China trip is all about relationships
|Don Leuenberger, UNMC vice chancellor for business and finance, and Yang Xinyu, deputy secretary general for the China Scholarship Council, exchanged gifts after they signed a multi-year agreement that makes UNMC one of the elite U.S. universities to partner with the CSC. In the background from left are three UNMC attendees at the ceremony: Dan Monaghan, Ph.D., Keith Mueller, Ph.D., and Mary Cavell.|
|Mary Cavell, center, coordinator of the Asia Pacific Rim Development Program for UNMC, poses with the two project officers from the China Scholarship Council who she will work with in the future -- Chen Chen, left, and Wu Nan.|
After three days in China, I've seen first-hand the importance of building relationships and how UNMC is working hard to strengthen its Chinese ties.
I spent most of Thursday with Don Leuenberger, vice chancellor for business and finance, and Kai Fu, M.D., Ph.D., assistant professor, pathology and microbiology, and associate director of UNMC's Asia Pacific Rim Development Program (APRDP). It was truly an educational experience.
The day started at the China Scholarship Council (CSC) in Beijing with Leuenberger signing a multi-year agreement along with Yang Xinyu, deputy secretary general for the CSC.
"This was a momentous day for UNMC," Leuenberger said. "This shows that our international reputation is on the rise. We are a preferred site for top Chinese students. It shows that our APRDP program is making great progress."
Under the agreement, the CSC will subsidize a large portion of the travel, salary and tuition costs for Chinese students to come to UNMC to study or do research as post docs. Already, 10 Chinese students are at UNMC -- six Ph.D. students, one M.D./Ph.D. student and three post docs.
"This agreement will provide opportunities for our own students to study in China," Leuenberger said.
He cited the work of Dr. Fu and Jialin Zheng, M.D., professor, pharmacology and experimental neuroscience and director of APRDP, for establishing the relationship with the CSC.
Dr. Zheng, who is a graduate of the Shanghai Jiao Tong University School of Medicine, has used his connections in Shanghai to make tremendous inroads, Leuenberger said.
"We have built a reputation in China -- and especially in Shanghai -- as the preferred site for the rotation of Chinese medical students in the United States," he said.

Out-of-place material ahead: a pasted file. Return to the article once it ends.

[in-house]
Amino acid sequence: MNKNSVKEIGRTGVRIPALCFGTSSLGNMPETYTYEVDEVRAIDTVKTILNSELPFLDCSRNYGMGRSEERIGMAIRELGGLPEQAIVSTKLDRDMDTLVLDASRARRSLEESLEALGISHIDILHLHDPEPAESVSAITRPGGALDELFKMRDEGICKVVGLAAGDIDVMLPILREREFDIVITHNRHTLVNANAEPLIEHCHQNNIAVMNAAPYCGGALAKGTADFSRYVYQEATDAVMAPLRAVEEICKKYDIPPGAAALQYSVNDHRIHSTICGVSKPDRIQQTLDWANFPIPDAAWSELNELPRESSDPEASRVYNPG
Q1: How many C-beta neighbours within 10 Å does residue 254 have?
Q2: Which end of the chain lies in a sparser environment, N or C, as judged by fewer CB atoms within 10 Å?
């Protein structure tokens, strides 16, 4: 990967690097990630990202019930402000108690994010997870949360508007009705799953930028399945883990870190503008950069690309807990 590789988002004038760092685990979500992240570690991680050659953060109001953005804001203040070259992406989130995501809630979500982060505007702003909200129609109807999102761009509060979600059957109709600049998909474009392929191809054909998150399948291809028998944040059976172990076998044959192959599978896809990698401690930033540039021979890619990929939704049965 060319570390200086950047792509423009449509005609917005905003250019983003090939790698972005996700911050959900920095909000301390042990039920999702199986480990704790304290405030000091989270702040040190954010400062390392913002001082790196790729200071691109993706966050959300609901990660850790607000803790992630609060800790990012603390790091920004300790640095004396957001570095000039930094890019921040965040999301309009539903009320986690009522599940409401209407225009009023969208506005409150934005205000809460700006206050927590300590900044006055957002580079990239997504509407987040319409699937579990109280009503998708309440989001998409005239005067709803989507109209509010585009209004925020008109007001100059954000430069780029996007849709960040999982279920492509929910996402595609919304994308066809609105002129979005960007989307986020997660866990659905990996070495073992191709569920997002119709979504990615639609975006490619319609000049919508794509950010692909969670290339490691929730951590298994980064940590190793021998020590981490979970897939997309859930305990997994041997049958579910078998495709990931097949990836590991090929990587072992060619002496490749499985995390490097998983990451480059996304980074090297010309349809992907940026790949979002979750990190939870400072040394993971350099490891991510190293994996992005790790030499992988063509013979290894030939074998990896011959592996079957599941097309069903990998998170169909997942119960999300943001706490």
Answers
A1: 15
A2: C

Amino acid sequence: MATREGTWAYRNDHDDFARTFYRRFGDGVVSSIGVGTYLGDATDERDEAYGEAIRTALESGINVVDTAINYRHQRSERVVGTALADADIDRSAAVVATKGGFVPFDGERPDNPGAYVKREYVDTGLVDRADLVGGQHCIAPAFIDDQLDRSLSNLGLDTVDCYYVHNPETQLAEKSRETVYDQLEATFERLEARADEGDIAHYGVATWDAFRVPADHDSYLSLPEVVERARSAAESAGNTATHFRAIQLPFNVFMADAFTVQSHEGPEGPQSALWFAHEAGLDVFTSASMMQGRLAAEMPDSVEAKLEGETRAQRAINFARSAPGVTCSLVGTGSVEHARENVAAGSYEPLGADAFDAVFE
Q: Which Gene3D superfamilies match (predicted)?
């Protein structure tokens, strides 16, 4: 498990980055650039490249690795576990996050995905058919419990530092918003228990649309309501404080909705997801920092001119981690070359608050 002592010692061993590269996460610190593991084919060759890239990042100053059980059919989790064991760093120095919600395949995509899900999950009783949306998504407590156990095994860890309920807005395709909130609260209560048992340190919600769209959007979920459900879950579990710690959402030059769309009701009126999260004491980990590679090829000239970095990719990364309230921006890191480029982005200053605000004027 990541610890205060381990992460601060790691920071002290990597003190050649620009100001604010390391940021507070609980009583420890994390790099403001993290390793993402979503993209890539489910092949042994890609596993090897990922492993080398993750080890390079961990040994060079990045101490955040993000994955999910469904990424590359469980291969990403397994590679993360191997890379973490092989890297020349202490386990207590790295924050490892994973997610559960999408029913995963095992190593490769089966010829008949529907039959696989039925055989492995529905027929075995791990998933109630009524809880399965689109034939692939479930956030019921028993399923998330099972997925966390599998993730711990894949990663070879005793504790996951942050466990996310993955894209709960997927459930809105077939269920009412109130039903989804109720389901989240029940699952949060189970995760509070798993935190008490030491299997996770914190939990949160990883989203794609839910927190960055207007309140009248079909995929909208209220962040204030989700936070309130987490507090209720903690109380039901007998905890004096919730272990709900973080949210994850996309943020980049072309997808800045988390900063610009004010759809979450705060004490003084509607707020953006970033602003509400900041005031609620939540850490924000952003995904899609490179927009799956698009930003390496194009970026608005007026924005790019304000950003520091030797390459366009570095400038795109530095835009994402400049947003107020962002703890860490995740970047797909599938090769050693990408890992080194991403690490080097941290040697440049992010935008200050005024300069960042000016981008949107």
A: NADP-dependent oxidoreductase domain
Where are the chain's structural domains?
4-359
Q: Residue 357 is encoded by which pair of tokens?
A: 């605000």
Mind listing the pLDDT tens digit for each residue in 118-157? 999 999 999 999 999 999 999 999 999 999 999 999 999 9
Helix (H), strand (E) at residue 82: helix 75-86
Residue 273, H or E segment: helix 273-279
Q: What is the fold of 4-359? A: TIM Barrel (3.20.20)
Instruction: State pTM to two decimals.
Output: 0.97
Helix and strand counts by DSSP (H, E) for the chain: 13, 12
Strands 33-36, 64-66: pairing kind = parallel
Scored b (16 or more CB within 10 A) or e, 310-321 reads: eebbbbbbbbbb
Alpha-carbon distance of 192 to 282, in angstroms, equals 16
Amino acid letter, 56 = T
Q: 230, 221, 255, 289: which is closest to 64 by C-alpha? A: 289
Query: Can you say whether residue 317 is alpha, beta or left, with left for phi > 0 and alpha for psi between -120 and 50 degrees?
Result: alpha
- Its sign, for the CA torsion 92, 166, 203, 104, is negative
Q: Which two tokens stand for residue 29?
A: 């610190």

UNMC will be one of just 14 U.S. institutions who have been invited by the CSC to present at the International Graduate Scholarship Conference today in Beijing. The list of 14 universities includes some of the most outstanding schools in the country including Harvard University, Yale University, the University of Michigan, and Washington University in St. Louis.
Leuenberger said the CSC agreement will provide UNMC with access to some of the top universities in China.
Following the CSC signing ceremony, Leuenberger, Dr. Fu and I hopped on board a bullet train and headed to Tianjin, China -- the third largest city in China behind Shanghai and Beijing.
We met with several leading officials at Tianjin Medical University Cancer Institute and Hospital to hold preliminary discussions on the possibility of establishing a partnership with the hospital in conjunction with our expertise in lymphoma and other cancers.
Dr. Fu grew up in Tianjin and is a graduate of medical school there. As we met over lunch in a Tianjin restaurant, Li-Jun Zhang, vice chief of the hospital's Office of International Exchange and Cooperation, mentioned that she had been to Omaha several years ago and toured UNMC's Lied Transplant Center. She remembered meeting with David Crouse, Ph.D., associate vice chancellor for academic affairs.
"We have built a reputation in China -- and especially in Shanghai -- as the preferred site for the rotation of Chinese medical students in the United States." Don Leuenberger
The hospital has partnerships with three other institutions, including M. D. Anderson Cancer Center in Houston. It was very obvious from the discussion that they would like to make UNMC its fourth partner.
We boarded the bullet train and headed back to Beijing for a dinner with three leading international officials of the Graduate University of the Chinese Academy of Sciences: Shizhuang Ma, Ph.D., vice president; Xiangbin Zhu, Ph.D., assistant president; and Yong Xie, staff member.
After just four hours of sleep the previous night, I was dragging by the time we reached the Mongolian restaurant for dinner.
It turned out to be a night that I'll never forget. Ma and Zhu were longtime friends of Leuenberger, and it was obvious they had a special relationship.
After dinner, we watched a stunning hour-long presentation by a Mongolian dance troupe. Multiple toasts were made and gifts were exchanged.
By the time the evening concluded, I knew I had been part of something special. I recognized that even though Beijing and Omaha are worlds apart, it really makes no difference.
In the end, it's all about relationships.